• "We use the most up to date technology and services to ensure that none of [your information is] compromised;"

  • "We're extra vigilant in protecting all private and personal information;" and

  • "All of your personal information, including payment methods, is kept secure and encrypted to the highest security standards available."

Settlement Terms

Under the terms of the proposed consent order, Uber is not required to pay a civil penalty, but the company will be:

  • prohibited from misrepresenting how it monitors internal access to personal information or how it secures personal information;

  • required to implement a comprehensive privacy program; and

  • required to obtain independent, third-party audits every two years for the next 20 years.

A comprehensive privacy program that complies with the FTC's expectations will require Uber to implement numerous security controls and procedures, including:

  • designating an employee or employees to be responsible for the privacy program;

  • identifying reasonable foreseeable risks and conducting an assessment of the sufficiency of any safeguards in place, including, at a minimum, risks associated with employee training and product design;

  • designing and implementing reasonable controls and procedures to address the risks;

  • performing regular testing and monitoring of the effectiveness of those controls and procedures;

  • developing and using reasonable steps to select and retain service providers capable of appropriately protecting the privacy of the personal information they receive from Uber and requiring, by contract, that service providers implement and maintain appropriate privacy protections; and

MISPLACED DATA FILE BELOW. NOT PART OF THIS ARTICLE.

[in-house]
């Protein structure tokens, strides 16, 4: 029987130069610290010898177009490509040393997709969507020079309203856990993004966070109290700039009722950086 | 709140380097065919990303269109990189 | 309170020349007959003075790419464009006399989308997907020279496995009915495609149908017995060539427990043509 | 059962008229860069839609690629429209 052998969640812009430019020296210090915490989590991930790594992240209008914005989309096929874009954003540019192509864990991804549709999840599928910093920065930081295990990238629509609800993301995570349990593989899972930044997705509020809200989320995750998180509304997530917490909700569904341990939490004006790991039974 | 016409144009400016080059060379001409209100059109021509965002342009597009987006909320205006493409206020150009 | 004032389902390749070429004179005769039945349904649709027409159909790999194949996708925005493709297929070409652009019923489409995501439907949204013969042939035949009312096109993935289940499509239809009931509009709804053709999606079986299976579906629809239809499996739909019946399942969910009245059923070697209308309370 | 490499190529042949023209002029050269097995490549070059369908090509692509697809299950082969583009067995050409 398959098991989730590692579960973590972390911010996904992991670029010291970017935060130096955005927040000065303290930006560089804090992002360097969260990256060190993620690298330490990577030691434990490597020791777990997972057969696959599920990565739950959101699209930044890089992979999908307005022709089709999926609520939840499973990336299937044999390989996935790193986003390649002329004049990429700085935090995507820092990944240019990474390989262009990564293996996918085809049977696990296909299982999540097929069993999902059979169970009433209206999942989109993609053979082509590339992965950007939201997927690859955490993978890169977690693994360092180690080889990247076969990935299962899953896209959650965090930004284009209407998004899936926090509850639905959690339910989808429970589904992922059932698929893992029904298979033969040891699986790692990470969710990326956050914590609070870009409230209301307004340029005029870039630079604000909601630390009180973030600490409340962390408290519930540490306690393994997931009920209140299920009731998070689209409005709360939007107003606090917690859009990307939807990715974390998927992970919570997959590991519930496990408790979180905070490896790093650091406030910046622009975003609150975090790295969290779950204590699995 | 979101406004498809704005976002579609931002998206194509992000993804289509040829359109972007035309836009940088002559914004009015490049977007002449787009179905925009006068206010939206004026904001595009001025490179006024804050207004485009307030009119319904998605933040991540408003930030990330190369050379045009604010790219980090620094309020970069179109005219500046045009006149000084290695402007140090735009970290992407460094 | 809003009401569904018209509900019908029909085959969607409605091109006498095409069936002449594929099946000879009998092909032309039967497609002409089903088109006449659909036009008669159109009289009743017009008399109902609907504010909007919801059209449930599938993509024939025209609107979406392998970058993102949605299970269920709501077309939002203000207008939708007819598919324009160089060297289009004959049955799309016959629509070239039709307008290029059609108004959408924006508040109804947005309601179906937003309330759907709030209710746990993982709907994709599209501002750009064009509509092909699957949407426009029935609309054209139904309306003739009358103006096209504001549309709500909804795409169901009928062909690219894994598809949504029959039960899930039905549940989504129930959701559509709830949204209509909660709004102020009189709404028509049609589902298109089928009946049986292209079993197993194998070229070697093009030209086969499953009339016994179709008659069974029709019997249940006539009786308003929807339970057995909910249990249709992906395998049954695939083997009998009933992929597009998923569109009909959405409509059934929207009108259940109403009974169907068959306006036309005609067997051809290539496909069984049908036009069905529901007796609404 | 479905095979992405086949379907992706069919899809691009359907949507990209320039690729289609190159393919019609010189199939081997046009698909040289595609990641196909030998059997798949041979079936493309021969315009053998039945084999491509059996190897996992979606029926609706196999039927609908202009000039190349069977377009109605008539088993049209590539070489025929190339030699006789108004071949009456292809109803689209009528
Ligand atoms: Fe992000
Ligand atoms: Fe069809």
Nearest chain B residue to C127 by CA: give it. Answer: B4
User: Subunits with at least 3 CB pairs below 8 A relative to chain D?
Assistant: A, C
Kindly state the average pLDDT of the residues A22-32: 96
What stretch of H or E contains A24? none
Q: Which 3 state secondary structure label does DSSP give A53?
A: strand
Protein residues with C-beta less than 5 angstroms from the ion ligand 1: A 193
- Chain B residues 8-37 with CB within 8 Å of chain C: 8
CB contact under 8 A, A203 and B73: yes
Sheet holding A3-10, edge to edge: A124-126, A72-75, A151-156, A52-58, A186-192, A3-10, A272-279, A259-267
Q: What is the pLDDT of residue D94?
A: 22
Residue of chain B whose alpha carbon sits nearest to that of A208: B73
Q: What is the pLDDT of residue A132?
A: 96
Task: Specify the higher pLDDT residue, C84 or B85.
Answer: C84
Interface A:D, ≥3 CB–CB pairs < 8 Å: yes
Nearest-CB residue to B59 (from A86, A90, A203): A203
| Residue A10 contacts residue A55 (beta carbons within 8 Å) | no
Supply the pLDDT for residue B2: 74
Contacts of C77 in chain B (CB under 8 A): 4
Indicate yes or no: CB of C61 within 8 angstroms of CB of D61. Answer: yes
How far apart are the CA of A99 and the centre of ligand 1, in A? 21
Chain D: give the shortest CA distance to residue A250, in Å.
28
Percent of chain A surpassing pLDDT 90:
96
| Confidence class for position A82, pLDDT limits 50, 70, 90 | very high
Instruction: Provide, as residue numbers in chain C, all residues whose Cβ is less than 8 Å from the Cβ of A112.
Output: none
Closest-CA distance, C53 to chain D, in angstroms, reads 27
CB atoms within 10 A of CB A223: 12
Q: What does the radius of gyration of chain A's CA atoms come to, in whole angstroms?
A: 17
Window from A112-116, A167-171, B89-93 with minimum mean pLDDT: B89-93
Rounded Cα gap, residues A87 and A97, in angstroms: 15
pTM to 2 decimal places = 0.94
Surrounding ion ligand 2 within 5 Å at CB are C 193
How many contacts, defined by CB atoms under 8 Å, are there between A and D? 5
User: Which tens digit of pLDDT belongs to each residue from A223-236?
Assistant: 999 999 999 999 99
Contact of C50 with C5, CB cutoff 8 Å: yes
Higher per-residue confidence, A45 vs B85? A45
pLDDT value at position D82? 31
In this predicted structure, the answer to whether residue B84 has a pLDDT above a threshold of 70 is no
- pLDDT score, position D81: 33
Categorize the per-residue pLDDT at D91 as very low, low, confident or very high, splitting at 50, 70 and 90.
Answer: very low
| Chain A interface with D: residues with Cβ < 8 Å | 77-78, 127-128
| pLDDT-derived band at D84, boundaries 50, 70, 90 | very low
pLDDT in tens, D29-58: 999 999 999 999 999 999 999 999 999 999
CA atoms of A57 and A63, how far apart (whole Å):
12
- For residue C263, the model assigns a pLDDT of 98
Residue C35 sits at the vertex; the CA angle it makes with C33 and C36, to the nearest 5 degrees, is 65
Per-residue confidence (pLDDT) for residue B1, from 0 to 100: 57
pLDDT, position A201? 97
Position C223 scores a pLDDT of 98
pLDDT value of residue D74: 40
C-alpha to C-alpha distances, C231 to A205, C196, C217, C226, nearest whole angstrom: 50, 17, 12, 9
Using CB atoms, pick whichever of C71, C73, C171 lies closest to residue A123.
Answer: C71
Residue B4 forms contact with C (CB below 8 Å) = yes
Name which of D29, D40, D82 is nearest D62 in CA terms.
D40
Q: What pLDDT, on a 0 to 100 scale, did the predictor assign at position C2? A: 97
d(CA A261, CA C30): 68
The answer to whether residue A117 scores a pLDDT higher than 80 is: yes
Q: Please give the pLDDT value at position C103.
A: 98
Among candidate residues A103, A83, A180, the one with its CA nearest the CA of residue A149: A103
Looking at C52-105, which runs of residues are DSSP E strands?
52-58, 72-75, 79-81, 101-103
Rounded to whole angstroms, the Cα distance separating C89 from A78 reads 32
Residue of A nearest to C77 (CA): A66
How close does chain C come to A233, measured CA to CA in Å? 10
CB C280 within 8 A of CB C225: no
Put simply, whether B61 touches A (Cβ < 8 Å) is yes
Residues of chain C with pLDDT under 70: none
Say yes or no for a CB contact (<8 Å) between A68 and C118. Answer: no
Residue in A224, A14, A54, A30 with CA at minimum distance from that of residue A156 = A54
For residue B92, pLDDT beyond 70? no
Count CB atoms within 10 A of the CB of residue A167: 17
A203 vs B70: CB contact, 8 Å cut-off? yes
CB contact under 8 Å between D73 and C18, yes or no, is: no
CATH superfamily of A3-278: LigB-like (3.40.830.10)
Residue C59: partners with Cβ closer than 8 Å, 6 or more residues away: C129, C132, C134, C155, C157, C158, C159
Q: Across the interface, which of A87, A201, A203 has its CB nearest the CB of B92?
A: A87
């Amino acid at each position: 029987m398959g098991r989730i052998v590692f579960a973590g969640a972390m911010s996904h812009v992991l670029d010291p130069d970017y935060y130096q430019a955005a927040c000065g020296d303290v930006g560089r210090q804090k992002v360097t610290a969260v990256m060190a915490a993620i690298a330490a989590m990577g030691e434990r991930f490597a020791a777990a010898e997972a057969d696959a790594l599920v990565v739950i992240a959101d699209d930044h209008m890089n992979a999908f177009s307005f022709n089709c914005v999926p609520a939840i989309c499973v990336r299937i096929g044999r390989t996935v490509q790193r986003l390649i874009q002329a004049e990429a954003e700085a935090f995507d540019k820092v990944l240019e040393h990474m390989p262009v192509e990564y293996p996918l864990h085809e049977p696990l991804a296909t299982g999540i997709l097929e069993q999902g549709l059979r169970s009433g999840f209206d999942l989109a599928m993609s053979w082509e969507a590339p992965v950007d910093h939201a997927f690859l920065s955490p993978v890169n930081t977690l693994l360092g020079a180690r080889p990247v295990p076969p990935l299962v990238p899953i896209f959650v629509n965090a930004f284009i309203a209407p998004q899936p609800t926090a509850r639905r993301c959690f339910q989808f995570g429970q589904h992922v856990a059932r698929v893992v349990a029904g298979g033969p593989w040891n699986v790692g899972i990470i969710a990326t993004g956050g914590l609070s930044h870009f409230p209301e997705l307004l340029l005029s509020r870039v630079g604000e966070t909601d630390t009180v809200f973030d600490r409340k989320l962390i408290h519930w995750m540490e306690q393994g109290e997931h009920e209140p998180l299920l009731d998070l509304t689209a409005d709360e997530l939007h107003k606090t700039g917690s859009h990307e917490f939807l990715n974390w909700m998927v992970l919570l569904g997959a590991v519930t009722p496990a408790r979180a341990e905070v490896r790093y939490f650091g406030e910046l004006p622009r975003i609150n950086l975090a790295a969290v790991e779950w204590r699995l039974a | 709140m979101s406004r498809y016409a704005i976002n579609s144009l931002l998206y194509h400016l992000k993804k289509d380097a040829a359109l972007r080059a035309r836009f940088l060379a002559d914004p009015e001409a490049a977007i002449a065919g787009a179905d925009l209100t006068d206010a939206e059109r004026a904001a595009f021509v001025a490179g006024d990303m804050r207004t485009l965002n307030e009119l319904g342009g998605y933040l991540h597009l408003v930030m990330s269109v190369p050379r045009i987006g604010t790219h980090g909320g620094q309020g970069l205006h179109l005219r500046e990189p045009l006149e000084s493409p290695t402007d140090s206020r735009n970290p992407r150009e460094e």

• evaluating and adjusting the privacy program based on the results of the testing and monitoring.

The Uber settlement serves as a reminder that storing personal information through a third-party service provider does not relieve a company of its independent obligation to ensure the security of that data—even if that provider is a reputable company that is not alleged to have violated any of its duties. In this sense, the settlement demonstrates that a company cannot outsource its information security obligations simply by storing personal information through a trusted cloud service.

The settlement is also a reminder that—regardless of size or sophistication—every company that collects personal information must be aware of the contents of its public-facing privacy policy and ensure that the company adheres to any security representations in that policy. As stated by Maureen K. Ohlhausen, acting Chair of the FTC, "This case shows that, even if you're a fast-growing company, you can't leave consumers behind: you must honor your privacy and security promises."

Members of Ballard Spahr's Privacy and Data Security Group provide a full range of counseling, transactional, regulatory, investigative, and litigation services across industry sectors and help clients around the world identify, manage, and mitigate cyber risk. Our team of nearly 50 lawyers across the country includes investigators and advocates with deep experience in cyber-related internal and governmental investigations, regulatory compliance and enforcement matters, cyber-related crisis management, and civil and criminal litigation.